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Miss New Orleans, Hollywood beauty Dorothy Lamour

Miss New Orleans, Hollywood beauty Dorothy Lamour

A. L. Schafer’s photo. 1944. Miss New Orleans, Hollywood beauty Dorothy Lamour

Hollywood beauty Dorothy Lamour
Born in 1914 in New Orleans, Mary Leta Dorothy Slaton, she spent her childhood in Louisiana. She grew in the family of waiters Carmen Louise and John Watson Slaton. A few years later, her parents divorced and her mother soon married Clarence Lamour, whose name Dorothy took later. The second marriage of the mother, too, was short-lived and after the divorce she and Dorothy were in a bad financial situation. At the age of 15, Dorothy forged her documents in order to drop out of school and find work. After that, she entered the school of secretaries, in which her happiness did not require a certificate of secondary education.
Meanwhile, aged 17 she became Miss New Orleans (1931). After she had won the Miss New Orleans contest, Dorothy and her mother moved to Chicago. There she began working as a lift keeper at the Marshall Field store. Later, she met her first husband, vocalist Herbie Kay, whose band was on the radio for a while. However, she left the group and moved to New York, where, thanks to one of her friends, settled in as a singer at the popular El Morocco nightclub.
Then she worked in a cabaret on Fifth Avenue, where she met Luis B. Mayer, the head of the MGM studio.
Lamour had a dark, exotic look that brought her stardom and typecasting as a “native girl.” Thanks to Mayer, she went to Hollywood in 1935, and signed a contract with Paramount. And the same year, Dorothy became the host of her own musical program on NBC radio.

1931 Miss New Orleans, Hollywood beauty Dorothy Lamour

1931 Miss New Orleans, Hollywood beauty Dorothy Lamour (1914–1996)

However, the real success came to Dorothy immediately after the first film, “The Jungle Princess” (1936). There, she played Ulu (the female counterpart of Tarzan), that brought her the title of “beauty of the southern seas”. Also popular were her roles in the films from the series “Road to Zanzibar” (1941) and “Road to Morocco” (1942), with Bob Hope and Bing Crosby in the lead roles.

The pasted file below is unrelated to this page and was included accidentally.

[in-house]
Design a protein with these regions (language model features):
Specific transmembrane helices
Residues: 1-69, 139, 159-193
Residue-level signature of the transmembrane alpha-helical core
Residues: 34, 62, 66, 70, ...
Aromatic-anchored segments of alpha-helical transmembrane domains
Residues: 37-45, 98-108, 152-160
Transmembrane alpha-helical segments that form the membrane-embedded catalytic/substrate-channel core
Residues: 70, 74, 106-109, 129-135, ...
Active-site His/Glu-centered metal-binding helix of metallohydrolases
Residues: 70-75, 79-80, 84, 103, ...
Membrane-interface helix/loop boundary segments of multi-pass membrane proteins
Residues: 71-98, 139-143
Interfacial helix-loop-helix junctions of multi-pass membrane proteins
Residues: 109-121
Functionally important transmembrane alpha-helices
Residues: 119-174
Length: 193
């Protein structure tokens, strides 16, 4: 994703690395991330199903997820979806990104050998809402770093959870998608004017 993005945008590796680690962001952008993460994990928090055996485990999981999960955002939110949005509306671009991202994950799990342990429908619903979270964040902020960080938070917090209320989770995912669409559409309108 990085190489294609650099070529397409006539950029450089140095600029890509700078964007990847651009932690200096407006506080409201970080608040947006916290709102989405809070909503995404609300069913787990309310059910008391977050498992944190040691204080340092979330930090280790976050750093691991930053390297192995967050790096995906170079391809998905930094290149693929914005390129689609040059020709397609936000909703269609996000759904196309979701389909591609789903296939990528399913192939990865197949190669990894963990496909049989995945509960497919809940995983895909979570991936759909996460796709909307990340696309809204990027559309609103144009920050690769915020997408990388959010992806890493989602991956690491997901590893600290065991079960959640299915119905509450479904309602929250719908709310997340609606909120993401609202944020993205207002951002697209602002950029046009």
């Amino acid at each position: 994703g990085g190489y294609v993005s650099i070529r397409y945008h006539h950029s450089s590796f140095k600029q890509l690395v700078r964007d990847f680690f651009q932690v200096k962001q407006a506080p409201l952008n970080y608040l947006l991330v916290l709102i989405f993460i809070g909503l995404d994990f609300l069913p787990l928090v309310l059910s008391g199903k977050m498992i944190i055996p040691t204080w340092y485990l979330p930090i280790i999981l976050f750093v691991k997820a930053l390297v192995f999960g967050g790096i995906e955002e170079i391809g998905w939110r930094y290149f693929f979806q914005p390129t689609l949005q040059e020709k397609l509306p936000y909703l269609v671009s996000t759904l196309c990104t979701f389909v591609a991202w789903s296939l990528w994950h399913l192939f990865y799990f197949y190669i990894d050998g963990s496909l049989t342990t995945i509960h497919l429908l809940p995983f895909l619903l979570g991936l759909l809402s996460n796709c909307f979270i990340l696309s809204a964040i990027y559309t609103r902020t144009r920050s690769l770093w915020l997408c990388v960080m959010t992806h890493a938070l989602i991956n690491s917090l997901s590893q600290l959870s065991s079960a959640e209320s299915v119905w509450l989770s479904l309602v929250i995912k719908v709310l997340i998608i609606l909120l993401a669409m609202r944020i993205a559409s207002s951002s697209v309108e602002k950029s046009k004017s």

Dorothy was rumored to have love affair with the first director of the Federal Bureau of Investigation (FBI) of the United States Edgar Hoover. However, no one believed this, since Edgar Hoover was a homosexual. Interestingly, Dorothy herself did not deny it. After a turbulent romance with Edgar Hoover, Dorothy was Edgar’s best friend until his death.

During the Second World War, Dorothy, along with Betty Grable, Rita Hayworth and Lana Turner, was one of the most popular actresses photographed on posters for US servicemen. In the early 1960s, she returned to the movies, having appeared subsequently in only three films, and also appeared on television in several serials. However, in the 1970s, she barely acted, and spent most of her time with her husband, William Ross Howard III in the town of Hampton in Maryland, until he died in 1978.

In 1980, Lamour published her autobiography entitled My Side of the Road. The last film starring Dorothy was the “Kaleidoscope of Horrors 2” in 1987, but after that she remained popular as a topic for discussion in magazines and on TV.

Dorothy Lamour died of a heart attack on September 22, 1996 in Los Angeles at the age of 81 years. The actress is awarded two stars on the Hollywood Walk of Fame for her contribution to the film industry and the development of radio.

“I made 60 motion pictures and only wore the sarong in about six pictures, but it did become a kind of trademark”

Hollywood beauty Dorothy Lamour